Author Topic: My new approach  (Read 62545 times)

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Re: My new approach
« Reply #48 on: February 24, 2023, 08:48:16 am »
What if the pll just helps to get the frequency right while we change circuit parameters to maximize voltage… I mean if the frequency is maintained correctly but the circuit components are not yet tuned to it…

Or in resume to match the electrical resonance to the water physical vibration resonance
« Last Edit: February 26, 2023, 23:57:37 pm by sebosfato »

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Self explanatory
« Reply #49 on: March 05, 2023, 01:40:36 am »
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Re: My new approach
« Reply #50 on: March 05, 2023, 21:55:31 pm »
I found that the whole water bath could be a great resonant cavity with Milion Q factor…

I wonder if positioning a stainless steel disk at the right position inside and having the tube cell in the middles would reduce this Q factor to a tunable  value also… the tubes must also be at a certain position to make that the magnetic field and electric field can create maximum effect on the ions as much as the pressure wave… I believe that if the water bath is closed the amount of pressure that can be modulated there under the water is gigantic… also a tapered cap would reduce this Q factor some…

So far as I understood there are modes of vibration associated with the radius and others with the length

So a powerful transducer can maybe cause a very high power resonance or maybe even the cells of pulsed with enough voltage as to have movement of ions…

I think the pll may be useful here letting a very narrow bandwidth and using the pot to scan while the scanning is acting

I imagine that at the correct pressure  plus voltage applied it may cause unexpected results…

The magnetic field could be increased adding a short circuit on the end of the tubes somehow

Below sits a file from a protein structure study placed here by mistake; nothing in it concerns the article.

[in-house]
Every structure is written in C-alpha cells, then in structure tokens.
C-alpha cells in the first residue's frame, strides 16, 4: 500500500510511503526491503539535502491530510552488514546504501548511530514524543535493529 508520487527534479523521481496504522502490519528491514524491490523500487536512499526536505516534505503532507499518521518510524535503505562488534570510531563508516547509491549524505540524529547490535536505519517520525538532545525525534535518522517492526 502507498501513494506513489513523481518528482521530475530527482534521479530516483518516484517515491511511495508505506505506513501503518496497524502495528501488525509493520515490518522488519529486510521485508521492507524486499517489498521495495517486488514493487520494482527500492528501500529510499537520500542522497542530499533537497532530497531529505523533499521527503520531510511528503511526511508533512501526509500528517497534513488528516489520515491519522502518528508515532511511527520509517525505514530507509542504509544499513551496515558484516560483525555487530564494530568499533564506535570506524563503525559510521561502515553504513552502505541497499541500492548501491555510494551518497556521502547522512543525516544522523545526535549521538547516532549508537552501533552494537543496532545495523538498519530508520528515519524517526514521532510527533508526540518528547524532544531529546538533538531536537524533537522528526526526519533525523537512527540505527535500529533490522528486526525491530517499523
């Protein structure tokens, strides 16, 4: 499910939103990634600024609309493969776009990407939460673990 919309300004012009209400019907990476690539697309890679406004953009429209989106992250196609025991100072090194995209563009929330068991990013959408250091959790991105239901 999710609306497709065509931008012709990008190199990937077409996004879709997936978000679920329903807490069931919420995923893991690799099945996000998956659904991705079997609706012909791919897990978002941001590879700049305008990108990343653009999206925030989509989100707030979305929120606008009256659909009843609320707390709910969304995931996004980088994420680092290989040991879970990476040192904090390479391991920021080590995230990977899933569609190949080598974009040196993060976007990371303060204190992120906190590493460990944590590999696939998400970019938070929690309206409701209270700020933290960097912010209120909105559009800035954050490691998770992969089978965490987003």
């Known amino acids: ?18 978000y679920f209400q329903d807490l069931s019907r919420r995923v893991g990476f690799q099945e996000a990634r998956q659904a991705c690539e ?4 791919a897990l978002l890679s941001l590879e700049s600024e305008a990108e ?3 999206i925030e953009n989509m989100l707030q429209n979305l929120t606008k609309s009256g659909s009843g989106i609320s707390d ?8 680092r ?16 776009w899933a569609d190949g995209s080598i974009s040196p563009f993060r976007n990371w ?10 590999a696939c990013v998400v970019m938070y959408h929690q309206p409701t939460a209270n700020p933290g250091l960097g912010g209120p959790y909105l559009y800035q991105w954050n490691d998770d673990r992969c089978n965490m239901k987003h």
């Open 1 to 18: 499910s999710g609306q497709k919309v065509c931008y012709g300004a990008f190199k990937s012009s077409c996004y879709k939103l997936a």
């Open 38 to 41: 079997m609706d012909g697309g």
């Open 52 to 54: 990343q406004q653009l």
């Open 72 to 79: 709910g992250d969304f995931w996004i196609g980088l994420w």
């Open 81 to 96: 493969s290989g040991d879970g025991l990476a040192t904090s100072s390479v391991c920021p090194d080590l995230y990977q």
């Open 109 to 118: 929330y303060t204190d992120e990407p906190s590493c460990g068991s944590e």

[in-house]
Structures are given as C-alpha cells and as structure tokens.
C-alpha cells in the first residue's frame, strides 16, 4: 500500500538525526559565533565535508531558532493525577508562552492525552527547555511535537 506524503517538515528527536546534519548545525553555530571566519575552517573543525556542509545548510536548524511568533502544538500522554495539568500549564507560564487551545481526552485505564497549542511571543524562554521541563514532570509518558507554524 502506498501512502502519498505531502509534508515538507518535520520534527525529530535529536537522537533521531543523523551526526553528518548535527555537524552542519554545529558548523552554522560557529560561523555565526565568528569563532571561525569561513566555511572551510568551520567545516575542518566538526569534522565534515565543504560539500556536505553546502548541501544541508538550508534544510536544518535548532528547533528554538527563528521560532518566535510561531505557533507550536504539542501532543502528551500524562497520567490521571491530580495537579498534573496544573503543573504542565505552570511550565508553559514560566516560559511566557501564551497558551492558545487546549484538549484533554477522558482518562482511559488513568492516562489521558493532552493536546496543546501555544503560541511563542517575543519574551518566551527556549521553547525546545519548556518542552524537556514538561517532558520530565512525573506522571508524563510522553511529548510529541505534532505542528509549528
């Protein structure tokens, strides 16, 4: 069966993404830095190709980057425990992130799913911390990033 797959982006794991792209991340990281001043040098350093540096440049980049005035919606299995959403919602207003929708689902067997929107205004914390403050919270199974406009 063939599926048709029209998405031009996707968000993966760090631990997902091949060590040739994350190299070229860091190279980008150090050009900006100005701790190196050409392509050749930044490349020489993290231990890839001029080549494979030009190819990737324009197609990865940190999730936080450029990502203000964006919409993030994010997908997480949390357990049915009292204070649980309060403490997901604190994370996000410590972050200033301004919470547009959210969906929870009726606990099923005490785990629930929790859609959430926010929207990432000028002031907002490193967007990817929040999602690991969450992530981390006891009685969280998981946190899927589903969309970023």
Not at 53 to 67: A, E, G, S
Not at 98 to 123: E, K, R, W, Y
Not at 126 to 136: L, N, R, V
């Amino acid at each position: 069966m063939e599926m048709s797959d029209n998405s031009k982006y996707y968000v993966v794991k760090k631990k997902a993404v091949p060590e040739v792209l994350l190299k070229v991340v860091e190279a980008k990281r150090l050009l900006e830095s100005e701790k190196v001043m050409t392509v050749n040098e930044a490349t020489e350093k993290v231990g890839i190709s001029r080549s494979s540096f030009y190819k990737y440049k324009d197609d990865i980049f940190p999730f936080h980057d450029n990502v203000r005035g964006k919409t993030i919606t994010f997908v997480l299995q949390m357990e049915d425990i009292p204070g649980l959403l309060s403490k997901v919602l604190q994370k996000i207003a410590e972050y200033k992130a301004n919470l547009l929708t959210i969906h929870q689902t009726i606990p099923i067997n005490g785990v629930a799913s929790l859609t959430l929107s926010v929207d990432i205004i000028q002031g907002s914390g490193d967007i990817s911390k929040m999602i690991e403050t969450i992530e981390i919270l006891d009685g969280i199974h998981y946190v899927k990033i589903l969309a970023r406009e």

I mean the higher is the magnetic field circling around as the two tubes form like a 1 turn the higher will be the effect of the pressure wave. So ideally to enhance this field a coil could be wound toroidally on the tubes this connected on the ends of the tubes this will make all the current form a magnetic field that is like toroidal within the water gap… stronger at the start for obvious reasons…

So I though maybe a capacitor coube be added too to increase the magnetic field even further… and than make it all resonate at same resonant frequency of the water bath!!!!!!!!!!!!!!!!!!!!!!!!!!!!!!!!!!!!!!!!!!!!!!!!!!!!!!!!!!

Meyer somewhere wrote that the resonance must match the wavelength of the movement of ions or something…

I think this is the case… no one though about make the water bath sing like a closed box speaker… being the cells the transducer

I found a pll implementation using arduino very instructive I guess may be useful

A transducer would also be very nice to test the sound and perhaps to cause the excitation

I wonder if this was all that was needed all this time… to simply close the fucking cell fill it up to the limit and make a bomb of it kkk


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Thinking about geometry
« Reply #51 on: March 05, 2023, 22:05:54 pm »
The ideal match I guess would be to have the water channel circumference equal to the length… this would create two modes at same frequency…

I builded my audio mixing studio In a room that is 3x3x3 meters and sound not so good because there are a set of frequencies that amplify because of the room size… a good room should be 3x4x5 for example this way there are more resonant ffrequencies reducing or distributing the ability of the room of amplify to other frequencieszzz


In the case of the tube the gap is kind of bidimensional since the gap is much smaller than the length but could be a multiple of that too thinking in this terms of acoustic design